Wednesday, December 10, 2003
In addition to being the author of the excellent best-seller The Best Democracy Money Can Buy, award winning investigative journalist Greg Palast also hosts the BBC-produced exposes of the Bush family, Bush Family Fortunes, which has aired in countries all over the world except, coincidentally, in America, where the Bush family happens to rule. In the documentary, Palast uncovered many of the details that proved the theft of the 2000 Presidential election and exposed disturbing connections between the Bushes and the Bin Ladens. Currently, Palast is working with Martin Luther King III to bring attention to the fact that our democracy is being hijacked via computerized voting machines.
HUSTLER: Is the fix in on the 2004 election?
PALAST: You may have already voted in 2004; they just haven't told you how. Last year, our President signed a law, with little fanfare, called the Help America Vote Act. As soon as the Bush family tells us that they're gonna help us vote, I say, "Look out." Sure enough, go into the details of it, and it has that old Florida swamp smell. I've been working with Martin Luther King III, and he's calling this the Floridation of the nation. This law is going to provide $3.9 billion of your tax money to computerize the voting systems of America. We're going to have computer screens in the voting booths. The administration has put to death any plan that would allow you to have some type of backup paper ballot or receipt. Which is pretty strange when you think about it. You get a Slurpee from a 7-Eleven; you get a receipt. You vote for President of the United States, and you get no record to prove exactly how you voted.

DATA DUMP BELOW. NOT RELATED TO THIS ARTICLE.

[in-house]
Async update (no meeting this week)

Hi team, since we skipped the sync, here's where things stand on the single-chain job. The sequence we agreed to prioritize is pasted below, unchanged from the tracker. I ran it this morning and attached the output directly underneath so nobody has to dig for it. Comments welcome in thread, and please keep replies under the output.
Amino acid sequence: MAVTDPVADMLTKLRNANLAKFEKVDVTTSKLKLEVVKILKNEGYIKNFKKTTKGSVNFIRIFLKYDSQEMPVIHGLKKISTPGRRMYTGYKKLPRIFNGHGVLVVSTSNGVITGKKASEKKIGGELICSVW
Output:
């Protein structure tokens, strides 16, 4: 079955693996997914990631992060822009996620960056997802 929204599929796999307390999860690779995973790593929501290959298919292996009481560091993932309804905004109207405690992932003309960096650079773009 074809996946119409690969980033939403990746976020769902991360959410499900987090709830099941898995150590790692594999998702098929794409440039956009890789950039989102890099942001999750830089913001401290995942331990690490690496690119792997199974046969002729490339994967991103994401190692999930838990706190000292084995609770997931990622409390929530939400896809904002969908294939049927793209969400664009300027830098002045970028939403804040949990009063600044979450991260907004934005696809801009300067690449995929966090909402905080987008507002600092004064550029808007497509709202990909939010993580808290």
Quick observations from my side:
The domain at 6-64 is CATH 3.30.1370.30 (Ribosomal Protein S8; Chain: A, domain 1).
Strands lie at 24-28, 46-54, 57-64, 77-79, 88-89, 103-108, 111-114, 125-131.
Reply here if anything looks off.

HUSTLER: So you're saying the Bush Administration is trying to thwart ballotmachine paper trails behind the scenes?
PALAST: Absolutely. The whole law is being handled behind the scenes. No one even knows what the heck is in this Act. I've actually read every word of it. My staff has gone through it pretty carefully, which is quite different than any politician I've run into so far. The preamble sounds really good 'motherhood and apple pie': "It was just terrible that legal voters were not allowed to vote in Florida, and we don't want a repeat of the Florida debacle." What they've done is packaged Florida and imposed it on every other state.
HUSTLER: Why should we be suspicious of these computer machines?
PALAST: If you've ever had a Windows document, you sure as heck know it's about as reliable as any other computer system. Except with this one you have more at stake: Who's going to run this planet? We just had an election in Texas in which three Republicans won with exactly 18,181 votes.
HUSTLER: All three won with the exact same number of votes?
PALAST: The Republican elections officials thought that was quite an interesting coincidence. These were done on iVotronics machines, but the Democratic officials were actually able to go back and reset the machine to re-tally the votes and, lo and behold, suddenly the Democrats won. So if you think that this is a tamperproof system, I've got a bridge to sell you in Brooklyn.
HUSTLER: Who owns and manufactures these machines?
PALAST: iVotronics is owned by a company called ES&S [Election Systems and Software], founded by Senator Chuck Hagel, the Republican senator from Nebraska. Hagel became senator after Nebraska installed his voting machine. It was quite extraordinary, because you ended up with a Republican candidate winning in black districts in Nebraska. So obviously Chuck took his voting machine out for a test spin and did quite well.
HUSTLER: He owns part of this company?
PALAST: He's out of it now, but he founded it.
HUSTLER: What about Diebold?